A Dense Phase system conveys free flowing bulk materials using less energy, with lower material velocities, and minimal moving parts throughout the system; making it the most cost effective solution for conveying free flowing bulk materials.

Dense Phase conveying uses high pressure compressed gas (typically greater than 20psi), to convey material through a pressurized pipeline at a low velocity (less than 1000 Ft./Min.). In a Dense Phase system the material is conveyed below its minimum pick up velocity in the form of a fluid plug. The material being conveyed as a fluid plug creates enough resistance to allow pressure to build. The sizing of both the pressure vessel and convey pipeline is critical in achieving optimal dense phase conveying performance.

Virtually any dry, free flowing, powder like materials are candidates for dense phase conveying, but considering the main principle of dense phase pneumatic conveying (low material velocity); makes it a prime candidate for conveying abrasive materials. Not only does a dense phase system convey material at low velocities (up to 10 times slower than dilute phase applications), but it will typically have fewer moving parts than other forms of conveying (a typical JDB system will only have one moving part in the entire system; the Dense Flow Cone Valve). The low material velocities, and minimal moving parts that make up a dense phase pneumatic conveying system translates into a conveying system with minimal maintenance, less downtime, less wear and tear on pipeline components, and greater efficiency than other forms of bulk material conveying.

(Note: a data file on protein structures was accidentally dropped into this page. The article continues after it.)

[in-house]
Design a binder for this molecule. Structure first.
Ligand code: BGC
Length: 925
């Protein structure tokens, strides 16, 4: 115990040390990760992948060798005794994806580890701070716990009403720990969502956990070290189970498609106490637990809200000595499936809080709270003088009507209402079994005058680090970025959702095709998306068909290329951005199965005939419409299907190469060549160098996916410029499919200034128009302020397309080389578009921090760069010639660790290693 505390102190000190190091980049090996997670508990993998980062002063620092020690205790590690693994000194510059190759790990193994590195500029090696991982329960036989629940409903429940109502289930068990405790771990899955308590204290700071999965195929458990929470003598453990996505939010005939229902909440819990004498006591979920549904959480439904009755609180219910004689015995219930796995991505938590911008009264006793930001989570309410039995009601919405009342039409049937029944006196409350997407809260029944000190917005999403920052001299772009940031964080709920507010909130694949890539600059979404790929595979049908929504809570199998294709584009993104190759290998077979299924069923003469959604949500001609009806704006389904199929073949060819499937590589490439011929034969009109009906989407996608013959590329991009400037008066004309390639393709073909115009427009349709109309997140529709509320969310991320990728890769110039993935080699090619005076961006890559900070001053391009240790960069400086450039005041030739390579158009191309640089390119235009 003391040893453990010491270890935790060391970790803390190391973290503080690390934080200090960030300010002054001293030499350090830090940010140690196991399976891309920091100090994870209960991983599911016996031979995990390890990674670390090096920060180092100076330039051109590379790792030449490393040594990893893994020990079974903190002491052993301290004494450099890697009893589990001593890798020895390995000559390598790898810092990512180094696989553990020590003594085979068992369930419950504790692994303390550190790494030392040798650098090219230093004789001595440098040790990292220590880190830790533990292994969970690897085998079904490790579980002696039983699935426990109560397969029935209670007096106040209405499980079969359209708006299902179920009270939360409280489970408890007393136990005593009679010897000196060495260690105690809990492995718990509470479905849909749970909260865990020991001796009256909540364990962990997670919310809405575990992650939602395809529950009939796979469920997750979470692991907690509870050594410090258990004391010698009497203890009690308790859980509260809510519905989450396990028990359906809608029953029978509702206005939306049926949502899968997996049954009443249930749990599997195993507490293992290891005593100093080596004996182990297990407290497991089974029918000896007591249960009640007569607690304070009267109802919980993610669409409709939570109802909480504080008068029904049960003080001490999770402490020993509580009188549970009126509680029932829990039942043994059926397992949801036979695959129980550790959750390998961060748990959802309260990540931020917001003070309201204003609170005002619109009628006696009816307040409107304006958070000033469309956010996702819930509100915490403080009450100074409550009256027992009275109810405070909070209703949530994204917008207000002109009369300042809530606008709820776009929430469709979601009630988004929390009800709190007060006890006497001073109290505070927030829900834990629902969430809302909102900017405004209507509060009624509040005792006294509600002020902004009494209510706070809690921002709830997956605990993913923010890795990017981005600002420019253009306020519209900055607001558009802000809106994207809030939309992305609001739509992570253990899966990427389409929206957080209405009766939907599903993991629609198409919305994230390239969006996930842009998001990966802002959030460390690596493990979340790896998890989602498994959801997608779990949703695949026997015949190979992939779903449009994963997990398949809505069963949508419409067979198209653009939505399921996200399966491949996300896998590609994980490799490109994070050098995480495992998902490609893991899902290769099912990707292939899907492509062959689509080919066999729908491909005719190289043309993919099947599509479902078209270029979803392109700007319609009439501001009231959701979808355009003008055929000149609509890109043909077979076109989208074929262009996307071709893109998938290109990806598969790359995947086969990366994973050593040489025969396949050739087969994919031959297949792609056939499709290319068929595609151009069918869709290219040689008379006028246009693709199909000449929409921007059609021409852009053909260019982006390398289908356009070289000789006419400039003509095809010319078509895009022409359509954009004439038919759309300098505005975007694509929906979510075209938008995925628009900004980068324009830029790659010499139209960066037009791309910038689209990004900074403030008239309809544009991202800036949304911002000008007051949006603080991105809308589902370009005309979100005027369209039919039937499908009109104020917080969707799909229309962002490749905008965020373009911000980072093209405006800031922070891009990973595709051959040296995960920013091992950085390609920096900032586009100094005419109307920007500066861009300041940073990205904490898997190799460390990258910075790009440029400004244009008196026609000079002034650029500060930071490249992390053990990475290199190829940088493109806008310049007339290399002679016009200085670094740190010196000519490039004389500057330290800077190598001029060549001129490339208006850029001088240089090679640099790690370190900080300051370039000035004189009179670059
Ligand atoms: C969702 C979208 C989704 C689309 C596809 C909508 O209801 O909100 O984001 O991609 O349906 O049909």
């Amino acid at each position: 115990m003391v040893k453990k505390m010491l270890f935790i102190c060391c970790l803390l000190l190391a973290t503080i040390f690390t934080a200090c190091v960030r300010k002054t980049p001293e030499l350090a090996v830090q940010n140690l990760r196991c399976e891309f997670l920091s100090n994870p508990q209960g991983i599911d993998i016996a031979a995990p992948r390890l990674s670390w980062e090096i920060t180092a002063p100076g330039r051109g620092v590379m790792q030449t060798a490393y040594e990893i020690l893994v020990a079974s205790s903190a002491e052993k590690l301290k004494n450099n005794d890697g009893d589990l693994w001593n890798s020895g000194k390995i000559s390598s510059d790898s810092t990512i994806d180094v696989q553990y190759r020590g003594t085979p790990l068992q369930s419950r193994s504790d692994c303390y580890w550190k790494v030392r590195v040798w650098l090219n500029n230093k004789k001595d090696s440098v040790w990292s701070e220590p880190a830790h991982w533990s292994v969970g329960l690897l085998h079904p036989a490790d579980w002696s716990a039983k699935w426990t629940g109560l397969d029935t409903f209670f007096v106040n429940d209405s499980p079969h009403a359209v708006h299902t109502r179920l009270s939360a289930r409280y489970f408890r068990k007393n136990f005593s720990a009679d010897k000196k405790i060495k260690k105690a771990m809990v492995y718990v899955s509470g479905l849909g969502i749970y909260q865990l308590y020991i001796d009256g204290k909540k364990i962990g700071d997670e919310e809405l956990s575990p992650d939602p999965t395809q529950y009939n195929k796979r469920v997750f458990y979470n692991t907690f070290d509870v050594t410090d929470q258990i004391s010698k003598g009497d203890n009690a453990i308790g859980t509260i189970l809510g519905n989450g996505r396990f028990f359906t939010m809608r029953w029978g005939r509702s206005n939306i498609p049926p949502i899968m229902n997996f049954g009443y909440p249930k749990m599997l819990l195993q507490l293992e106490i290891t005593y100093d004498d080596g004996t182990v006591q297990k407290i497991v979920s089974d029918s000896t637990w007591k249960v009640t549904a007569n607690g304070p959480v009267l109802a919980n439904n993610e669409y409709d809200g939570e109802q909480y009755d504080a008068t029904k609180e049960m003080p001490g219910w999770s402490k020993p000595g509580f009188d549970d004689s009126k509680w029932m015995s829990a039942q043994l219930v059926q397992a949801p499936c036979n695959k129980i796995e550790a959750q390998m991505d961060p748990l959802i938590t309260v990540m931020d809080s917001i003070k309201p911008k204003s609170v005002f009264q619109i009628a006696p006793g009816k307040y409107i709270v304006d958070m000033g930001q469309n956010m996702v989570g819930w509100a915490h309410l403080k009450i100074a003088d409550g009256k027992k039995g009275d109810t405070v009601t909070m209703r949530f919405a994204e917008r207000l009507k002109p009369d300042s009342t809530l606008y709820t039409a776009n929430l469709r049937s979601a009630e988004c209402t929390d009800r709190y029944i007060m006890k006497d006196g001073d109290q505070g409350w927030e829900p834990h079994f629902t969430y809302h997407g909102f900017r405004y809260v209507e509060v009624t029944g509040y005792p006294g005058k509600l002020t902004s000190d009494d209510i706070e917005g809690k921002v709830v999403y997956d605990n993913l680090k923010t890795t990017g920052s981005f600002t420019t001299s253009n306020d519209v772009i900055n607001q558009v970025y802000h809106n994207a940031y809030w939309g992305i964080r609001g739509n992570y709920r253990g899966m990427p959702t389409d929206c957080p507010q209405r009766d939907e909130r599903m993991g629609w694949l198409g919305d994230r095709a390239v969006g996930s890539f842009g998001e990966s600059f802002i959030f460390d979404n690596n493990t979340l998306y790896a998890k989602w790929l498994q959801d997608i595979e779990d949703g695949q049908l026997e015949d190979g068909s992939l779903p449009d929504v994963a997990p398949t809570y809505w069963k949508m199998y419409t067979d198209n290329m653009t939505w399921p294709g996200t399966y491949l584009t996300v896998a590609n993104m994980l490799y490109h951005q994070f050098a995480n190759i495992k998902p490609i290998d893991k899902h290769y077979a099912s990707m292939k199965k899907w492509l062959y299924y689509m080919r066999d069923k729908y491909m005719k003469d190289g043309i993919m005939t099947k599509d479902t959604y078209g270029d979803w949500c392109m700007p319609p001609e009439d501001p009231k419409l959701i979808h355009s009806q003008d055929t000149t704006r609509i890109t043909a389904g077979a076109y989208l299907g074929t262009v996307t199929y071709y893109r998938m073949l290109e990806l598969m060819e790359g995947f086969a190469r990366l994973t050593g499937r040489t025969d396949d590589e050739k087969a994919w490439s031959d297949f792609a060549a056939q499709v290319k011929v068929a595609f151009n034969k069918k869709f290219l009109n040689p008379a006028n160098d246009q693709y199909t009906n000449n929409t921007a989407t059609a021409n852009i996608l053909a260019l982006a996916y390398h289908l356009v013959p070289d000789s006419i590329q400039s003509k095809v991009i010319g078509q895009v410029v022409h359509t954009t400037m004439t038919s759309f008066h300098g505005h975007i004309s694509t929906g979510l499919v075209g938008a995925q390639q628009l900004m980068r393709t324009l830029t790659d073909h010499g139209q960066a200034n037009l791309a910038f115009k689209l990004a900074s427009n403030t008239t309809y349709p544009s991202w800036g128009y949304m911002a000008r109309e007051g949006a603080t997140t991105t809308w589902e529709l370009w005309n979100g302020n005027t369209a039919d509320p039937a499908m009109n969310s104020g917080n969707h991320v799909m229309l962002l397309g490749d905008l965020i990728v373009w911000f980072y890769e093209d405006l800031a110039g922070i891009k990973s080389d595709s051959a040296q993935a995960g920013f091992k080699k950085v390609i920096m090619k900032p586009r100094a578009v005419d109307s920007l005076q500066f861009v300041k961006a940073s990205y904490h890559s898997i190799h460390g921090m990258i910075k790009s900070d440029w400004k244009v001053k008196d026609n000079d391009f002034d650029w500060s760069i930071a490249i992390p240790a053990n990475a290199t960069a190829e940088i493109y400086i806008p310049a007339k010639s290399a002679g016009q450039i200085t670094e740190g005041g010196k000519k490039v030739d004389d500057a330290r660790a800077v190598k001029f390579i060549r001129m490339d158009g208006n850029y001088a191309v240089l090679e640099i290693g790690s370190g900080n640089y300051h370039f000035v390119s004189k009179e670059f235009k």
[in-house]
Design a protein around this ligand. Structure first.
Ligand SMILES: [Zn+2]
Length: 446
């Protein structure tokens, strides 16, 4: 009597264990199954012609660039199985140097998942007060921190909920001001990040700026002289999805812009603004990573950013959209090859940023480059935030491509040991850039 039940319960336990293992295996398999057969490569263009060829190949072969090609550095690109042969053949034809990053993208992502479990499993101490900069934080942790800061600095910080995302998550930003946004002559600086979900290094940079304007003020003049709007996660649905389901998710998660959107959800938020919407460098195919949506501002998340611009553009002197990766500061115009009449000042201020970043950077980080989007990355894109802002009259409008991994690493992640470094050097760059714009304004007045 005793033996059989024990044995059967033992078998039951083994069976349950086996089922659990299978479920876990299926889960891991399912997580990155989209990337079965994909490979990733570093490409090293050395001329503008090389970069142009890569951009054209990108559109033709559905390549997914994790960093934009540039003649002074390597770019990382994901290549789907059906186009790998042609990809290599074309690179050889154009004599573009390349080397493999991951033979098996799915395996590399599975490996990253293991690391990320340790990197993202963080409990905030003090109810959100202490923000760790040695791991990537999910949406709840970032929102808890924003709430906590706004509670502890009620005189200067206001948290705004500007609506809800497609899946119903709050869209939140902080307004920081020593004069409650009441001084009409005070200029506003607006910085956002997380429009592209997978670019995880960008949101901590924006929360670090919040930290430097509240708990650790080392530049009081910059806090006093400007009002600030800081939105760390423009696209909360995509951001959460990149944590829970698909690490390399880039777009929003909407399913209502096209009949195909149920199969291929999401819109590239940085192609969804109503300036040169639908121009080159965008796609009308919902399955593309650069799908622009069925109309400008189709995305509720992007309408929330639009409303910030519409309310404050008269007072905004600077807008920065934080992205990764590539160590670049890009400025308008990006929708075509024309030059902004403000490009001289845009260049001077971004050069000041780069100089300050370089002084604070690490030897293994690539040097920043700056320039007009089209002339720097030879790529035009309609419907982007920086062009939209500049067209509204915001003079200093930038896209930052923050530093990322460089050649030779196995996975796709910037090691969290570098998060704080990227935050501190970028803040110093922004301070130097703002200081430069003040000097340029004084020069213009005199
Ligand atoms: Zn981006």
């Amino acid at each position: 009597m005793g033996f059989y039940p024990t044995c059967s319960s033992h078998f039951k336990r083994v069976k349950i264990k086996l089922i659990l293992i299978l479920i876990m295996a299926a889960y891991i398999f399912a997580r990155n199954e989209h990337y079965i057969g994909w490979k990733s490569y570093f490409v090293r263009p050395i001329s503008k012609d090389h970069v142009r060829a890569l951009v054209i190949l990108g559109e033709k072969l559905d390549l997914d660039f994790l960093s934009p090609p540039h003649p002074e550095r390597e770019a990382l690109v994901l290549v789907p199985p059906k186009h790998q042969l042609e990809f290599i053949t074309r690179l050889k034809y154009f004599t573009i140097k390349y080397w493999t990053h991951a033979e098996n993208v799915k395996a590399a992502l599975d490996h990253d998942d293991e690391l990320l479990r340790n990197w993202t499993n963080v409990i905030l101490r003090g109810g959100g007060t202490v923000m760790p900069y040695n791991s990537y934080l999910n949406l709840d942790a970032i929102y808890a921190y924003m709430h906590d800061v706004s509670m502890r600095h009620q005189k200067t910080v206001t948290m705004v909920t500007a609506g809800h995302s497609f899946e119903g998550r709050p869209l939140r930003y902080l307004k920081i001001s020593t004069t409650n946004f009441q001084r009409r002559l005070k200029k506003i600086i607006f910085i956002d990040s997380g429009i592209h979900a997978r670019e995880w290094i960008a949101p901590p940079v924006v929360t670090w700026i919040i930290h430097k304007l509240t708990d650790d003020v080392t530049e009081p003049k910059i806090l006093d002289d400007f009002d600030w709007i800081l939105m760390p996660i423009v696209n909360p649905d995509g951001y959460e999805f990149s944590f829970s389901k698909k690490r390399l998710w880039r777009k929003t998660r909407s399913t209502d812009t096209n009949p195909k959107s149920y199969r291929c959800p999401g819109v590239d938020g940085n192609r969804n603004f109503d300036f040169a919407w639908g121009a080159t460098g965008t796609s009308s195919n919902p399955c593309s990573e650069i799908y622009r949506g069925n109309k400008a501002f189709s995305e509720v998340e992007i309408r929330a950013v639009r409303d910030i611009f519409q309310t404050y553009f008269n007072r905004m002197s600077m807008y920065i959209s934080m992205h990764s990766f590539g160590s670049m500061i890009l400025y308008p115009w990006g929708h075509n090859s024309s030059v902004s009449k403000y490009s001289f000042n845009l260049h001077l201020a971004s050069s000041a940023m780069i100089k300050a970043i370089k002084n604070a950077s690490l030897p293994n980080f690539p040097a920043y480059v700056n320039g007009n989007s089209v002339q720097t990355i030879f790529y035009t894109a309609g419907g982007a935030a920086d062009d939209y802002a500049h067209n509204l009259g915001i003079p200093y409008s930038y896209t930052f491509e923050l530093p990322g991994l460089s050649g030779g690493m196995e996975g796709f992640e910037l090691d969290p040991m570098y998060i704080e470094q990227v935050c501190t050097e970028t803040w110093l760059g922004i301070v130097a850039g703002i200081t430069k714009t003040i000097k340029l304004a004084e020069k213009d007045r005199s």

Dense Phase System Layout and Sequence of Operations:

  1. Once the pressure vessel is full a valve(s) closes and seals the pressure vessel.
    • Note: the pressure vessel inlet is sealed but the convey pipeline discharge is not.
  2. Compressed air is introduced into the system.
    • The compressed air being introduced in to the system will seek the path of least resistance (out the end of the convey pipeline discharge).
  3. As air is being introduced and trying to escape out the end of the convey pipeline, the material will be forced out of the pressure vessel and into the convey pipeline (think of squeezing a tube of toothpaste). As the material is forced from a large diameter pressure vessel down to the smaller diameter convey pipeline the resistance of the material forms a fluid plug, where compressed air is forcing the material through the convey line towards the discharge.
  4. As the material is forced out of the pressure vessel through the pipeline the materials velocity will gradually increase, and as the velocities increase, air will begin slipping past some of the material. As the air begins slipping past the material air pockets will form behind several smaller slugs of material. If you were to view the material moving through a transparent pipeline it would look like sand dunes moving.
  5. When the material begins to exit the convey pipeline and reach its final destination (silo, bin, etc.) the resistance from the materials fluid plug is no longer present, and the pressure within the system will decrease. This decrease in pressure signals that the material has reached its destination and the sequence can start over.